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Understanding Verb Moods with 15 Hilarious Tweets

Understanding Verb Moods

Understanding Verb MoodsVerb moods are not unlike the moods of people (happy, sad, angry, etc.) in that they indicate the manner in which an action or condition is intended or conceived. Unlike people’s moods, though, which have an endless variety, a verb may only occur in one of three verb moods: the indicative mood, the imperative mood, or the subjunctive mood. Using funny tweets, we can begin to understand the different verb moods and how they function in English.

Also, as a disclaimer, we’re not saying that these tweets are flawless in terms of grammar and punctuation. They are, after all, just tweets. However, we hope they’ll help you understand the various verb moods in a way that is more entertaining than that of a typical grammar article!

The Indicative Mood

The indicative mood is used to express an assertion or denial or to ask a question. Since it’s the most common verb mood, most of the statements you make or read will be in the indicative mood. The tweets below all use the indicative mood, each one asserting a statement:

Although this tweet doesn’t make a statement, it does ask a question, meaning it also uses the indicative mood:

https://twitter.com/mindyfurano/status/709207975315935232

The Imperative Mood

The imperative mood is also a common mood, but it is used to give orders or to make requests. Take a look at the demands presented in the tweets below.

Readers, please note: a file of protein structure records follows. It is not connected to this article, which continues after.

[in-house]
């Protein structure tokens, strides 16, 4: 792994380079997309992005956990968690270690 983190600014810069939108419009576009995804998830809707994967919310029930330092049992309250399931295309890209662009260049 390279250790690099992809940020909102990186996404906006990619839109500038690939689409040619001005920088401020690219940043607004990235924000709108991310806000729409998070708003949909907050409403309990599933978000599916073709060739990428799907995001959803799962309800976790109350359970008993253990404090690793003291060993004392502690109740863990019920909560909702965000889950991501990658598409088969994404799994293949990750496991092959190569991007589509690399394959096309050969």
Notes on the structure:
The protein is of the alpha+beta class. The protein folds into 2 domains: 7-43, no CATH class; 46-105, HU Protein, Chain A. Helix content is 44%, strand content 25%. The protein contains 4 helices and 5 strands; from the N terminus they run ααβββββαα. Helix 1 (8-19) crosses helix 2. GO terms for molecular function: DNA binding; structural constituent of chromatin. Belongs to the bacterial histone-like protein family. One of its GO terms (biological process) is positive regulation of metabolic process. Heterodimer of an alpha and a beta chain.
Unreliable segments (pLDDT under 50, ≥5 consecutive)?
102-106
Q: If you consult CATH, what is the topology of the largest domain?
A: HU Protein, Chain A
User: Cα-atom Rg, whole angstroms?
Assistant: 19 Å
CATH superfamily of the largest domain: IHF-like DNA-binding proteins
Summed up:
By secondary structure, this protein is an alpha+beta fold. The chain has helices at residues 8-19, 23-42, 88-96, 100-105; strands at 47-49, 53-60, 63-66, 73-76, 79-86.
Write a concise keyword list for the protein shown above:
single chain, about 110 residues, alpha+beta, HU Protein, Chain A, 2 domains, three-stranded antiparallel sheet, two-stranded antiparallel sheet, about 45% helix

https://twitter.com/ellaceron/status/591240860743966720

https://twitter.com/kat_murp/status/714517569521123328

The Subjunctive Mood

Of the three moods, the subjunctive mood is the one that causes the most problems because it rarely appears in everyday conversation or writing. It is only used in a set of specific circumstances.

It is used in in contrary-to-fact clauses beginning with if:

It is used in wish statements:

https://twitter.com/whitneycummings/status/568897975256117248

It is used in “that” clauses following verbs such as ask, insist, recommend, request, and suggest:

https://twitter.com/theblackking11/status/713997727349088256

It is used in certain set expressions such as be that as it may, as it were, come rain or shine, or far be it from me:

Finally, it is used in a dependent clause attached to an independent clause utilizing an adjective that expresses urgency (such as crucial, essential, important, imperative, necessary, or urgent):

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